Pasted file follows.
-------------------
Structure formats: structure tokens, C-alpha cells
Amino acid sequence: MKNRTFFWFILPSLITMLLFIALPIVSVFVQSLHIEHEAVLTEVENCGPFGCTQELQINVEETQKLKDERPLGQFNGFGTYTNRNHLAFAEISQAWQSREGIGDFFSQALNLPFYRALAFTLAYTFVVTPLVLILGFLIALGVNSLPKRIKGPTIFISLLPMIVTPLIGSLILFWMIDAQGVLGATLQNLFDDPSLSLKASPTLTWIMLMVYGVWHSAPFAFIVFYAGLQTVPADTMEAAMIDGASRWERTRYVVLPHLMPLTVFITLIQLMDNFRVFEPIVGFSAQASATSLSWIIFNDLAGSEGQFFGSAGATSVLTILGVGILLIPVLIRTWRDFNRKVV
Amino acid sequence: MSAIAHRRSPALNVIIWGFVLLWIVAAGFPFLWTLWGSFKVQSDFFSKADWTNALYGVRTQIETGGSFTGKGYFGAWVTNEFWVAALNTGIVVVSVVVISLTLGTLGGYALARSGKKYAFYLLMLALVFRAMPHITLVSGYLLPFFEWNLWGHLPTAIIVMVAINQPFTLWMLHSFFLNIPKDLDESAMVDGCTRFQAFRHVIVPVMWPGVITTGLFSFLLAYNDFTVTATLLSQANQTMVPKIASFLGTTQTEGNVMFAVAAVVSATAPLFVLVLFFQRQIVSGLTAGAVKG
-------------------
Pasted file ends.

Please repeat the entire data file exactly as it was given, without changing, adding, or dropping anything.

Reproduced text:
Structure formats: structure tokens, C-alpha cells
Amino acid sequence: MKNRTFFWFILPSLITMLLFIALPIVSVFVQSLHIEHEAVLTEVENCGPFGCTQELQINVEETQKLKDERPLGQFNGFGTYTNRNHLAFAEISQAWQSREGIGDFFSQALNLPFYRALAFTLAYTFVVTPLVLILGFLIALGVNSLPKRIKGPTIFISLLPMIVTPLIGSLILFWMIDAQGVLGATLQNLFDDPSLSLKASPTLTWIMLMVYGVWHSAPFAFIVFYAGLQTVPADTMEAAMIDGASRWERTRYVVLPHLMPLTVFITLIQLMDNFRVFEPIVGFSAQASATSLSWIIFNDLAGSEGQFFGSAGATSVLTILGVGILLIPVLIRTWRDFNRKVV
Amino acid sequence: MSAIAHRRSPALNVIIWGFVLLWIVAAGFPFLWTLWGSFKVQSDFFSKADWTNALYGVRTQIETGGSFTGKGYFGAWVTNEFWVAALNTGIVVVSVVVISLTLGTLGGYALARSGKKYAFYLLMLALVFRAMPHITLVSGYLLPFFEWNLWGHLPTAIIVMVAINQPFTLWMLHSFFLNIPKDLDESAMVDGCTRFQAFRHVIVPVMWPGVITTGLFSFLLAYNDFTVTATLLSQANQTMVPKIASFLGTTQTEGNVMFAVAAVVSATAPLFVLVLFFQRQIVSGLTAGAVKG